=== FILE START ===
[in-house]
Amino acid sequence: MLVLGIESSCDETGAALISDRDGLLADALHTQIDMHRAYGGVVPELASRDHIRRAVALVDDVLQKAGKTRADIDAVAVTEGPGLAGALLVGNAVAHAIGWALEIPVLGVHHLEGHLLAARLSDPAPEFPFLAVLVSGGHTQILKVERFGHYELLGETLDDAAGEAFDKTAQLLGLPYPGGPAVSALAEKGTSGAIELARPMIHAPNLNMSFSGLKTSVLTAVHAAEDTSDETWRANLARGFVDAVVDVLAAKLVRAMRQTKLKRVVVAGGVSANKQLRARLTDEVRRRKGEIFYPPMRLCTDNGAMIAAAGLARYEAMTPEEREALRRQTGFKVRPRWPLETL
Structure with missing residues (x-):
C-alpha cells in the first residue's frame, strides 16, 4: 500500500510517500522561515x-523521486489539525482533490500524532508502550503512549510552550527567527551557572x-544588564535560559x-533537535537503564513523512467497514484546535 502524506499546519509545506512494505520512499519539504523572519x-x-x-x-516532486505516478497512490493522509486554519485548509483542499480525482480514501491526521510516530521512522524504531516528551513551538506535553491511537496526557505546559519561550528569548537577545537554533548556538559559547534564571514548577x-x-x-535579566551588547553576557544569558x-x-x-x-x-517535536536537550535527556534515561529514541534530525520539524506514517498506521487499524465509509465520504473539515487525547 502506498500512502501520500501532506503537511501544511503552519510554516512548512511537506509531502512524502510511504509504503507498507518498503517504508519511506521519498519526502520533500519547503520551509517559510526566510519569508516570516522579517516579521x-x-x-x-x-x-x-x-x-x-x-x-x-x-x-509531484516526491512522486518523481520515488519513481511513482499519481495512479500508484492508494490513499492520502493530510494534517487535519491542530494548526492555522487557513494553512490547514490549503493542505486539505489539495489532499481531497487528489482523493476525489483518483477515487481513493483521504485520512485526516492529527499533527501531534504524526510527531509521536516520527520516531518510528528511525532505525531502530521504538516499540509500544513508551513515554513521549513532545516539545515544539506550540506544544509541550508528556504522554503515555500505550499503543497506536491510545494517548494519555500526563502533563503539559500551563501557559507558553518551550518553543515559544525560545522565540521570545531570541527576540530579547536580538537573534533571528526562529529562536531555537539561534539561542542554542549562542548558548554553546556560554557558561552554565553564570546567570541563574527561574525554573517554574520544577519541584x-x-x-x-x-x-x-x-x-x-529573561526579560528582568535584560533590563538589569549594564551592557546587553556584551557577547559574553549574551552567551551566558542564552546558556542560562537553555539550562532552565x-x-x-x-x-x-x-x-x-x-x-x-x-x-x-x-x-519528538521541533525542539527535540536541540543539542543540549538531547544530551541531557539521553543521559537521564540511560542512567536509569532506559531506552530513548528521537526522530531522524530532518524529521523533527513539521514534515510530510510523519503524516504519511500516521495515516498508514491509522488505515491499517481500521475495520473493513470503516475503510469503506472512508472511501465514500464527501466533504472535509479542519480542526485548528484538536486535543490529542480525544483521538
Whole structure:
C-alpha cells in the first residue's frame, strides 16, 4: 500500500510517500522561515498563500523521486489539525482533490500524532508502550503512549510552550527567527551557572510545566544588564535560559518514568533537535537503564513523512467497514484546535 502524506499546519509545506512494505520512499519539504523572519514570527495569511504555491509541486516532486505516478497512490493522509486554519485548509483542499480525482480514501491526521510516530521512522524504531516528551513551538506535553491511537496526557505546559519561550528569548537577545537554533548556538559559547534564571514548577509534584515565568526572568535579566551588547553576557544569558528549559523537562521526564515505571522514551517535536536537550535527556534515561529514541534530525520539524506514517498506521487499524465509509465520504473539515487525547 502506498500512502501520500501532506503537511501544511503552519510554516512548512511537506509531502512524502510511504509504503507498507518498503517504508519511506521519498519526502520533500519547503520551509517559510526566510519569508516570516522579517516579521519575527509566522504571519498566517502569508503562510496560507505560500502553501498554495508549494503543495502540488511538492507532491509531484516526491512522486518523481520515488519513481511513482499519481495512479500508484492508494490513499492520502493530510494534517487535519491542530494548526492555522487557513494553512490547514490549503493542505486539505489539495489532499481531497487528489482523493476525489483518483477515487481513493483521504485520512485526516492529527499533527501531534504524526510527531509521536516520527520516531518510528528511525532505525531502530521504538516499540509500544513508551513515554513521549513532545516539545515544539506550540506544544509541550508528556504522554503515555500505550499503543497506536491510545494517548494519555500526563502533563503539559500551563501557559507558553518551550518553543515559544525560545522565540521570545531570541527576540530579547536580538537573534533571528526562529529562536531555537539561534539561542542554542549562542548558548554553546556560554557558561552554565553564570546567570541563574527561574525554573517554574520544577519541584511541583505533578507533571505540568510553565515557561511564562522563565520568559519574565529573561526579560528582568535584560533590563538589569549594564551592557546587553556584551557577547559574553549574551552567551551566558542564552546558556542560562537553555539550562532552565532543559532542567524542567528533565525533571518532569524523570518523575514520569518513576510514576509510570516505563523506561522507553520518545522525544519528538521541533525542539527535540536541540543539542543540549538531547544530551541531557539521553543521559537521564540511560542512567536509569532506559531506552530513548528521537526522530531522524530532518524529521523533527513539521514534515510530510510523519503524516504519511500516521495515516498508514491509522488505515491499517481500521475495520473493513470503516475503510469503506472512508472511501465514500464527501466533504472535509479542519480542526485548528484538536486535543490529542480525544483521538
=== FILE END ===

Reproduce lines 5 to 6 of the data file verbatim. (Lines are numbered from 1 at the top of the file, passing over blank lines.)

Whole structure:
C-alpha cells in the first residue's frame, strides 16, 4: 500500500510517500522561515498563500523521486489539525482533490500524532508502550503512549510552550527567527551557572510545566544588564535560559518514568533537535537503564513523512467497514484546535 502524506499546519509545506512494505520512499519539504523572519514570527495569511504555491509541486516532486505516478497512490493522509486554519485548509483542499480525482480514501491526521510516530521512522524504531516528551513551538506535553491511537496526557505546559519561550528569548537577545537554533548556538559559547534564571514548577509534584515565568526572568535579566551588547553576557544569558528549559523537562521526564515505571522514551517535536536537550535527556534515561529514541534530525520539524506514517498506521487499524465509509465520504473539515487525547 502506498500512502501520500501532506503537511501544511503552519510554516512548512511537506509531502512524502510511504509504503507498507518498503517504508519511506521519498519526502520533500519547503520551509517559510526566510519569508516570516522579517516579521519575527509566522504571519498566517502569508503562510496560507505560500502553501498554495508549494503543495502540488511538492507532491509531484516526491512522486518523481520515488519513481511513482499519481495512479500508484492508494490513499492520502493530510494534517487535519491542530494548526492555522487557513494553512490547514490549503493542505486539505489539495489532499481531497487528489482523493476525489483518483477515487481513493483521504485520512485526516492529527499533527501531534504524526510527531509521536516520527520516531518510528528511525532505525531502530521504538516499540509500544513508551513515554513521549513532545516539545515544539506550540506544544509541550508528556504522554503515555500505550499503543497506536491510545494517548494519555500526563502533563503539559500551563501557559507558553518551550518553543515559544525560545522565540521570545531570541527576540530579547536580538537573534533571528526562529529562536531555537539561534539561542542554542549562542548558548554553546556560554557558561552554565553564570546567570541563574527561574525554573517554574520544577519541584511541583505533578507533571505540568510553565515557561511564562522563565520568559519574565529573561526579560528582568535584560533590563538589569549594564551592557546587553556584551557577547559574553549574551552567551551566558542564552546558556542560562537553555539550562532552565532543559532542567524542567528533565525533571518532569524523570518523575514520569518513576510514576509510570516505563523506561522507553520518545522525544519528538521541533525542539527535540536541540543539542543540549538531547544530551541531557539521553543521559537521564540511560542512567536509569532506559531506552530513548528521537526522530531522524530532518524529521523533527513539521514534515510530510510523519503524516504519511500516521495515516498508514491509522488505515491499517481500521475495520473493513470503516475503510469503506472512508472511501465514500464527501466533504472535509479542519480542526485548528484538536486535543490529542480525544483521538